Trade Culture

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The Trade Culture is the name given to the cultural framework that extends over most of the Hajasith between the Iîrik Kata'at in the North and the Edgewall in the South. Most cultures within that area exist in a relationship that could perhaps best be described as subscription to the Trade Culture. For the most part they maintain their own cultural traditions, but where those are lacking, and particularly in the case of interfacing with other cultures, particularily of other species, they defer to the traditions of the Trade Culture.

The Trade Culture, like its associated language Trade Tongue, originated among dwarven and human merchants about -450 to -250 GR (1000-1200 years before present), but has since spread to include elven, gnomish, goblin, orc, and to limited extents (in very different ways) kobold and trollish cultures.

Species is a very basic unit of identity in Trade Culture. This is plainly expressed in the grammar of Trade Tongue.

One of the assumptions of the Trade Culture is that each species has certain specialties which are then traded among them. Though this has some objective basis, it has become a self-reinforcing idea.

Another aspect of this seperationist-integrationist mix is that there are different expectations for an individual's behavior to members of its own species than toward other species. For example, almost universal to orcs is a tradition of dueling, but Trade Culture holds this cannot be extended to other species, there is no prestige or honor to be gained. And in general interspecies violence is particularily frowned upon even where it is acceptable intraspecies.

Kobolds are not fully protected by this, and trolls even less, since neither of these two species are considered full members of Trade Culture.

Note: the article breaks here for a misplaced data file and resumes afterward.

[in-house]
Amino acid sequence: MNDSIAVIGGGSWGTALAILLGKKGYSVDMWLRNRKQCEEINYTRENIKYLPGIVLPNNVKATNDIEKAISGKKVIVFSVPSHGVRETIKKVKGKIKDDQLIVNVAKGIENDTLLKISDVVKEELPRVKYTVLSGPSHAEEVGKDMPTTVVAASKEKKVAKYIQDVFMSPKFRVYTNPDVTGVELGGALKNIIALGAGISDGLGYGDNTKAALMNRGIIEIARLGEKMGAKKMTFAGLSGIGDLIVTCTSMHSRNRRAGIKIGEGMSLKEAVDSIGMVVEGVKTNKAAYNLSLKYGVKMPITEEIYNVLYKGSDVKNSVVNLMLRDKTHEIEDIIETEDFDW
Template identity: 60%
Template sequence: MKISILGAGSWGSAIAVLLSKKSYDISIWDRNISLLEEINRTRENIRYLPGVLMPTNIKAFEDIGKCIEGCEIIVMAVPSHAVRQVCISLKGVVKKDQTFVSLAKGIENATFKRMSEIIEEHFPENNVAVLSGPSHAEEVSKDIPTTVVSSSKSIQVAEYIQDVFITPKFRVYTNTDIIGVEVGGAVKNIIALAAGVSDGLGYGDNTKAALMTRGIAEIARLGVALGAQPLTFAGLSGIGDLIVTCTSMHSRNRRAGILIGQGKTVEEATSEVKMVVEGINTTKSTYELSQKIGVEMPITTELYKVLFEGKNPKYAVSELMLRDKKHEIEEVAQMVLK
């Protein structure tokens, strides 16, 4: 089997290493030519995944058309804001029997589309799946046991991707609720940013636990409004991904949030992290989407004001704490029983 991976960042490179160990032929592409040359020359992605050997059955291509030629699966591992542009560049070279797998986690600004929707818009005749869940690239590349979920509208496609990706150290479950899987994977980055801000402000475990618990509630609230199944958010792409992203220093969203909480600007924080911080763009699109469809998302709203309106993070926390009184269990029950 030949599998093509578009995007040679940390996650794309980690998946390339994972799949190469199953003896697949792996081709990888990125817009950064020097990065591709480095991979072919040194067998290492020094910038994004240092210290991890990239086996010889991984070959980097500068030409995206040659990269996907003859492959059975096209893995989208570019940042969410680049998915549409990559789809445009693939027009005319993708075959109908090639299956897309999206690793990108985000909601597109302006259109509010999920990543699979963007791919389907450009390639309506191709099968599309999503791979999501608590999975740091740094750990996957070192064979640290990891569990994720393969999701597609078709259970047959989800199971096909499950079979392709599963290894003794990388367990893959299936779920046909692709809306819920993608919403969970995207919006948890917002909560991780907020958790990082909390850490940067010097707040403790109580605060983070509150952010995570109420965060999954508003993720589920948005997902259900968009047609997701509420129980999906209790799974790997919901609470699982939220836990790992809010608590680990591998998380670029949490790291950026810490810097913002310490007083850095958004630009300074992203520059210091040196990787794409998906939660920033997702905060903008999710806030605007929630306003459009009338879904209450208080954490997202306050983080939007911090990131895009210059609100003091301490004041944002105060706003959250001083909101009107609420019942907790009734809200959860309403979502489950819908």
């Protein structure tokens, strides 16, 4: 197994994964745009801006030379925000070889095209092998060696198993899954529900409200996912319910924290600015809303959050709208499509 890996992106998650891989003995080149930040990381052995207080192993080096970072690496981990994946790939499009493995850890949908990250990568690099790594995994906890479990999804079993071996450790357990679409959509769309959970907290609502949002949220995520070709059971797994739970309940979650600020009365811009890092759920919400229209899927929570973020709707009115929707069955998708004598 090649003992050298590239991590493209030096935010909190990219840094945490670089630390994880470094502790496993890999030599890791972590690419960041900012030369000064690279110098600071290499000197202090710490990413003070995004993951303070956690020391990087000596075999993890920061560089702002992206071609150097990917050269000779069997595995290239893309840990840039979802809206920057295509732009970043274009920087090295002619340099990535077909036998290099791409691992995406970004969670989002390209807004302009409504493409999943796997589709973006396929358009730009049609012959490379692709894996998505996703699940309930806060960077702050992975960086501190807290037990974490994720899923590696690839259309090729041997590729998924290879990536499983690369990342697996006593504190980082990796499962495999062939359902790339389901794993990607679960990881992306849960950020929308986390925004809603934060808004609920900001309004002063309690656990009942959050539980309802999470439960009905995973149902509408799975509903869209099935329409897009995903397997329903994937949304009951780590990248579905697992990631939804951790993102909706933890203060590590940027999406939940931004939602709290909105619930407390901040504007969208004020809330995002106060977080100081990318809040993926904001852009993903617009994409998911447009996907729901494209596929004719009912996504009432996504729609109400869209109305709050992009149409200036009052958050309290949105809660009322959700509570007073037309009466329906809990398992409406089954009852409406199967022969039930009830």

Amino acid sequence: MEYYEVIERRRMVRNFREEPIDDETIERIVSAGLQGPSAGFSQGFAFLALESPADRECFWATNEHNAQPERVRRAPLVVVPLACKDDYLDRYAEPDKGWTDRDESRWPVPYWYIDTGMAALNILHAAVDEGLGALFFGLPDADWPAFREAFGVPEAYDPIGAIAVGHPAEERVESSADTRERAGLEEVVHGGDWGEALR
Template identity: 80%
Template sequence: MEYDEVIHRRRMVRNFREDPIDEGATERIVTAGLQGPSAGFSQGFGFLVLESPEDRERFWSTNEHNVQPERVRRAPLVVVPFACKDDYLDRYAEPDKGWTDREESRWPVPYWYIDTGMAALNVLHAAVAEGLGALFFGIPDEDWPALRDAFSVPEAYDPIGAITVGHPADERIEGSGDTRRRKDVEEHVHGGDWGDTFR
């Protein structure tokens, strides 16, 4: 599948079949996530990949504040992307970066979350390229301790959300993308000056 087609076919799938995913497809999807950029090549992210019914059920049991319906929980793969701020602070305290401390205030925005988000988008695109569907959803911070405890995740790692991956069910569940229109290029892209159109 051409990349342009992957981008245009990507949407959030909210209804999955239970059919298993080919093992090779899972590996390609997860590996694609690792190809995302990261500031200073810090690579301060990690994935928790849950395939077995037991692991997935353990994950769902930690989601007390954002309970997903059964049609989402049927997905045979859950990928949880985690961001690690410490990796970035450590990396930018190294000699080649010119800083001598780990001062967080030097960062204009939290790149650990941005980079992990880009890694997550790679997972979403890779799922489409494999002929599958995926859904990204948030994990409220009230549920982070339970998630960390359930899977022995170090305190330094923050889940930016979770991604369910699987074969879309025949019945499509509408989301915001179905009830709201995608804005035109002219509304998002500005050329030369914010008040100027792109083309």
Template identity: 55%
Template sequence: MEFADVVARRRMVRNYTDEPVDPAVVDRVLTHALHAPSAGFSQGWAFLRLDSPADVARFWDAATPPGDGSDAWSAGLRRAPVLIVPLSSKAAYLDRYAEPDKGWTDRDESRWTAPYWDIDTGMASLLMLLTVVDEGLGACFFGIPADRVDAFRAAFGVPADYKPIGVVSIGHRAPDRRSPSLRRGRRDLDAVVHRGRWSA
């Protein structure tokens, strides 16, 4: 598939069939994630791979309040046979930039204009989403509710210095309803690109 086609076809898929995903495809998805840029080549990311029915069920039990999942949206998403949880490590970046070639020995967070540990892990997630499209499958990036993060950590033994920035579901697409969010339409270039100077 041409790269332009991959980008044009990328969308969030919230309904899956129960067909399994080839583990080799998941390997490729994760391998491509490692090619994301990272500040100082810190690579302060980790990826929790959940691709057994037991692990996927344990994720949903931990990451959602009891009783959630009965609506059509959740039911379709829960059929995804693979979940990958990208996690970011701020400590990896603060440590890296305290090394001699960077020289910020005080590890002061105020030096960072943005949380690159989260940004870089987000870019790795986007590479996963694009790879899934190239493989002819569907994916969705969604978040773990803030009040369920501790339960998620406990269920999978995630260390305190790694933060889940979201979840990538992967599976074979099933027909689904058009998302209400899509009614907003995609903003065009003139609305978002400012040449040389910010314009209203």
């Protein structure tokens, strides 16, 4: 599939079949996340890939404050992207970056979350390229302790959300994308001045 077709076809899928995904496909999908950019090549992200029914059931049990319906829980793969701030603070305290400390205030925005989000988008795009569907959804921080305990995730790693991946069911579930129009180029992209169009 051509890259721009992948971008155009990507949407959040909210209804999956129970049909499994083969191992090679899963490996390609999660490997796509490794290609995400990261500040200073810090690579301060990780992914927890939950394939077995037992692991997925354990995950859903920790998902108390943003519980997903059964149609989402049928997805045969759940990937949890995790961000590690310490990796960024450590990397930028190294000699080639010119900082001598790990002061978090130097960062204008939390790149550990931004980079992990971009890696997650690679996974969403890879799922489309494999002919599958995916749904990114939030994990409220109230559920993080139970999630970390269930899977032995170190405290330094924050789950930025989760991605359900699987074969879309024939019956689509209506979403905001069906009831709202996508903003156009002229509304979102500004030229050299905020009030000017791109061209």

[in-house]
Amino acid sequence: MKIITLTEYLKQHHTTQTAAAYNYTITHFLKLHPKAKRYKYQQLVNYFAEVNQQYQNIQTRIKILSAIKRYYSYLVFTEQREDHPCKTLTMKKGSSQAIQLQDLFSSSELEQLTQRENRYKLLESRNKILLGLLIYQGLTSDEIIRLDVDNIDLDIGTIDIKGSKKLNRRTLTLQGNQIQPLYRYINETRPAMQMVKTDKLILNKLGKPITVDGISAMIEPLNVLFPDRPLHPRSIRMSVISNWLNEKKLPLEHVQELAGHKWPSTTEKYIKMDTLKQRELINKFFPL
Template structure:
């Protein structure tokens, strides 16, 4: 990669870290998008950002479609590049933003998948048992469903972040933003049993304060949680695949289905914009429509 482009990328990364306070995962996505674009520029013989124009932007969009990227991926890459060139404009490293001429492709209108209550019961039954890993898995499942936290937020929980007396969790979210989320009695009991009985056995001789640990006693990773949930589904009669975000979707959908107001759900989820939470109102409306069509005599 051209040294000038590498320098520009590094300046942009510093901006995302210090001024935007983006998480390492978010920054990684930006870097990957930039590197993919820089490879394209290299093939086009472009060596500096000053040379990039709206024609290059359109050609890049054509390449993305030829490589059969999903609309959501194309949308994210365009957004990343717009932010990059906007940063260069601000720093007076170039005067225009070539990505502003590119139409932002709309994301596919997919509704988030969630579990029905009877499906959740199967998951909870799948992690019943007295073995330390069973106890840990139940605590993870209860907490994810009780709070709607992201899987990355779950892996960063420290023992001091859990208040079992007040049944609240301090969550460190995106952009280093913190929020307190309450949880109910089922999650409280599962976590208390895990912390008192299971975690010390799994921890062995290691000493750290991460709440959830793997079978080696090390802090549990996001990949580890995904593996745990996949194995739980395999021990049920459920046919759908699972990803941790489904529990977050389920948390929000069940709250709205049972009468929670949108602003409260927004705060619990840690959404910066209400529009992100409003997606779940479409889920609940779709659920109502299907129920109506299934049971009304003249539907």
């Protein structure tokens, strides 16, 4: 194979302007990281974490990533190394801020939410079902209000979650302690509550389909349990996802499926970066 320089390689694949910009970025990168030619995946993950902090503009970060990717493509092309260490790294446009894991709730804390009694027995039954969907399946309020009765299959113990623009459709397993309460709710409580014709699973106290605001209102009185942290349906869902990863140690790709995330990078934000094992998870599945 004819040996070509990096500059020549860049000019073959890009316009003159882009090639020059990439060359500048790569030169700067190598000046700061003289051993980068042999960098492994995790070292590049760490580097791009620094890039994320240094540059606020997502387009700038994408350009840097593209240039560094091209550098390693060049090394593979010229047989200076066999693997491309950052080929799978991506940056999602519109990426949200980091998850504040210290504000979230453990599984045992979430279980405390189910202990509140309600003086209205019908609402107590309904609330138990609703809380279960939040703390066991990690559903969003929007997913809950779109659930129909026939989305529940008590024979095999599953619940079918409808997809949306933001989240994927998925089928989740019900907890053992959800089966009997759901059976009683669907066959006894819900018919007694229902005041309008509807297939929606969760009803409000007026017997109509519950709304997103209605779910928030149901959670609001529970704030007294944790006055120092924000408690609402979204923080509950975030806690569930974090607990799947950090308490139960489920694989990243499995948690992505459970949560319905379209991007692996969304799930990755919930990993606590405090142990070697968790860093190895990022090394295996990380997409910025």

Kobolds are generally regarded with deep suspicion because of their secrecy and strong seperatism (though not isolationism), and because they are the most biologically different of any sentient species of any known to Trade Culture. So much so that it can be very difficult for others to even indentify individuals, and nearly impossible to judge the emotions of a kobold, which adds to the suspicion they are held in. The gnomes are the notable exception to this, due to their long association with the kobolds. This suspicion does not usually erupt into violence, but it is not unknown, and lower-level persectuion of kobolds is prevalent in a number of areas.

Trolls, as a whole, are even less a part of Trade Culture, and are generally regarded as violent savages. This is not wholly without cause as, besides the fear inspired by the great size of trolls, many troll populations (particularily the various Garaban nations) are frequent raiders on neigthboring settlements and merchant trains. In addition trolls have an earlier, tighter period in which they learn, compared to others, which often leads to arch-conservative cultures that scorn the traditions and technology of other species and so retain "savage" and "primitive" cultures, and seem "stupid" later in life.

Though there also more trolls that are more a part of the Trade Culture. Particularily, there is a large community in Tâl Katar. But such trolls are basically second class in the eyes of the "full" Trade Culture members, and scorned by more traditional trolls as well. In general these trolls are an underclass, often finding work only as menial laborers.

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